Writes Roger Ebert: This is strange. I have no interest in running and am not a partisan in the British class system. Then why should I have been so deeply moved by CHARIOTS OF FIRE, a British film that has running and class as its subjects? I've toyed with that question since I first saw this remarkable film in May 1981 at the Cannes Film Festival, and I believe the answer is rather simple: Like many great films, CHARIOTS OF FIRE takes its nominal subjects as occasions for much larger statements about human nature.
This is a movie that has a great many running scenes. It is also a movie about British class distinctions in the years after World War I, years in which the establishment was trying to piece itself back together after the carnage in France. It is about two outsidersÑa Scot who is the son of missionaries in China, and a Jew whose father is an immigrant from Lithuania. And it is about how both of them use running as a means of asserting their dignity. But it is about more than them, and a lot of this film's greatness is hard to put into words. CHARIOTS OF FIRE creates deep feelings among many members of its audiences, and it does that not so much with its story or even its characters as with particular moments that are very sharply seen and heard.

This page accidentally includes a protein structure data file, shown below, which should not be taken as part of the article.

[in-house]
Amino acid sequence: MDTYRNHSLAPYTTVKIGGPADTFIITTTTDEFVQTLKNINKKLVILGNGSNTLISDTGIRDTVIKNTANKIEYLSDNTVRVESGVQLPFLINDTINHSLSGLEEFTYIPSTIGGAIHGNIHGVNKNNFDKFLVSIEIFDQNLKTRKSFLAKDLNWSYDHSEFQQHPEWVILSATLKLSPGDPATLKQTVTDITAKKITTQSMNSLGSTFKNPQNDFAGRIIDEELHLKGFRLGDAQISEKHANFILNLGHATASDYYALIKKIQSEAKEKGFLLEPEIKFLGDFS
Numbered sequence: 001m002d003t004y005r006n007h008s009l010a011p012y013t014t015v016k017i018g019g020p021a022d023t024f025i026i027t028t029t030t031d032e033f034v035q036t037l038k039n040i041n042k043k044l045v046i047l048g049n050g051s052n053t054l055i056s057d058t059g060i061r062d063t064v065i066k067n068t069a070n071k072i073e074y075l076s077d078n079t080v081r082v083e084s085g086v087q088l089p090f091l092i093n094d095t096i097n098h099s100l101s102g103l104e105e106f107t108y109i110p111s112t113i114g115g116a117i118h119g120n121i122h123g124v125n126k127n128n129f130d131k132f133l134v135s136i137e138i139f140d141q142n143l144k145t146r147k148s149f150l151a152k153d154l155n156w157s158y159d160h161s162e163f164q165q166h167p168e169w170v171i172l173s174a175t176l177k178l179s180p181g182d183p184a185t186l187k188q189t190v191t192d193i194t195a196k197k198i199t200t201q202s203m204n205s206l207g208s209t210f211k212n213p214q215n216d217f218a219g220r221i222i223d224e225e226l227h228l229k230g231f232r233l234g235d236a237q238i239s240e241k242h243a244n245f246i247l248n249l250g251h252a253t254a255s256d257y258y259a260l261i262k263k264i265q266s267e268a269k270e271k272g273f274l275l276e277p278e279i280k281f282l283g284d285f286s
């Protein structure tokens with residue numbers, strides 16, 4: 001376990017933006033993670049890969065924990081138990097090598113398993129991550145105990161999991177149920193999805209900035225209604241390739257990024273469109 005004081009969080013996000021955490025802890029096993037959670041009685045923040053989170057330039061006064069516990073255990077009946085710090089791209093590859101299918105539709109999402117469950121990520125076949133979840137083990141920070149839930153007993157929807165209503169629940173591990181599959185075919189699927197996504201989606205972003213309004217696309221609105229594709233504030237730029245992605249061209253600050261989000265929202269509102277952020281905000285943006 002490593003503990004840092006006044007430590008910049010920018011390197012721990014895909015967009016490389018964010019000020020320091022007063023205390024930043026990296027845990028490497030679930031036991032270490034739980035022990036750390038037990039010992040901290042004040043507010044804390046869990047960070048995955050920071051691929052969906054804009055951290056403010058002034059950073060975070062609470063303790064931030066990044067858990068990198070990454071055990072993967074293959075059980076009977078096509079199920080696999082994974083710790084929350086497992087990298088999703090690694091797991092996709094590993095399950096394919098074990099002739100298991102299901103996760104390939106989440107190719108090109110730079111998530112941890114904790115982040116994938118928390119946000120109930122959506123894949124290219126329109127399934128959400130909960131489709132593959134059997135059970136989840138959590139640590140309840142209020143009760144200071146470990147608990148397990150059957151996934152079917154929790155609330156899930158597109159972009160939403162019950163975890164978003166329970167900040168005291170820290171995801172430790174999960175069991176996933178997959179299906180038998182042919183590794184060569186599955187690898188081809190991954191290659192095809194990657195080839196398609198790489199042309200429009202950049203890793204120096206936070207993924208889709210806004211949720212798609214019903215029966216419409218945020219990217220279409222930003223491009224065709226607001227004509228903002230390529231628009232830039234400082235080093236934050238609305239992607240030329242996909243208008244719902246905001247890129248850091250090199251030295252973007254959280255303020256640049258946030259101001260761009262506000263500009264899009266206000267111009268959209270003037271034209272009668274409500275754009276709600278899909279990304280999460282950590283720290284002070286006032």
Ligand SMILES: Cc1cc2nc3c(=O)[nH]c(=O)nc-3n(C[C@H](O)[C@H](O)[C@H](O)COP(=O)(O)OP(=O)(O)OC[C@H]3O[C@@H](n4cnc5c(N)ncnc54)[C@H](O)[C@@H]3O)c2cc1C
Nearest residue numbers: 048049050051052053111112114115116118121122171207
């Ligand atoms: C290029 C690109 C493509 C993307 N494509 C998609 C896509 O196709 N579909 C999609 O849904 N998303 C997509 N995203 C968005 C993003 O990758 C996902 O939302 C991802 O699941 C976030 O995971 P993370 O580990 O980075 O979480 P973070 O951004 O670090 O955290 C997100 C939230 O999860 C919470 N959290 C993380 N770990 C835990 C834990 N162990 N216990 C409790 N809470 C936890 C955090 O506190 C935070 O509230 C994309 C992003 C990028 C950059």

The Complete Review Here.